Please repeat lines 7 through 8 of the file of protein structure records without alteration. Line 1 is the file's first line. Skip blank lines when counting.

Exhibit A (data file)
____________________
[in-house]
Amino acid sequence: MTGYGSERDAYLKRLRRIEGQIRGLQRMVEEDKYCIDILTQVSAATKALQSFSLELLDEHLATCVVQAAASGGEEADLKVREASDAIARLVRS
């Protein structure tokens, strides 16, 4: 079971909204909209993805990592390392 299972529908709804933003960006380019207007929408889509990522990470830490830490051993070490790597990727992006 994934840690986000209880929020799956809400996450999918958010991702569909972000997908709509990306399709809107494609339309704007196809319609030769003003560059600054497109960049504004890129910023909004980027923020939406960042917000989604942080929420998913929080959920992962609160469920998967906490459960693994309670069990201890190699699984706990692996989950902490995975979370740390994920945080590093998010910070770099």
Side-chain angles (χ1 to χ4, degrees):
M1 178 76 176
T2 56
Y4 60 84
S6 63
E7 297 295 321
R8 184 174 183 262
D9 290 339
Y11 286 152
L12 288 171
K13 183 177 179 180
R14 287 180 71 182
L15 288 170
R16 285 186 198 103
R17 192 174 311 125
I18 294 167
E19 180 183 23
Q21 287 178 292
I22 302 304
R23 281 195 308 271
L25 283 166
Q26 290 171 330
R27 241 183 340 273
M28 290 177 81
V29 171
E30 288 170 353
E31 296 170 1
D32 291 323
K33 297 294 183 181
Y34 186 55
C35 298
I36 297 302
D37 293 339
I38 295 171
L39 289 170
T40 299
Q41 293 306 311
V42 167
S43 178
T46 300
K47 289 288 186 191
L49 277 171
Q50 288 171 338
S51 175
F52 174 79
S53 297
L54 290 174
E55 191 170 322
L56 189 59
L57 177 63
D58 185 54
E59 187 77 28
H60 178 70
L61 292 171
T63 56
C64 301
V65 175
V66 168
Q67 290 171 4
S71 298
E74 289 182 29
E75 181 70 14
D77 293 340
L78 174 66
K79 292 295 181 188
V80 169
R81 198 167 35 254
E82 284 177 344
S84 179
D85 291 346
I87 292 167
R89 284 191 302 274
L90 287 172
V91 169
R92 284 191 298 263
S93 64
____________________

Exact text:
Y4 60 84
S6 63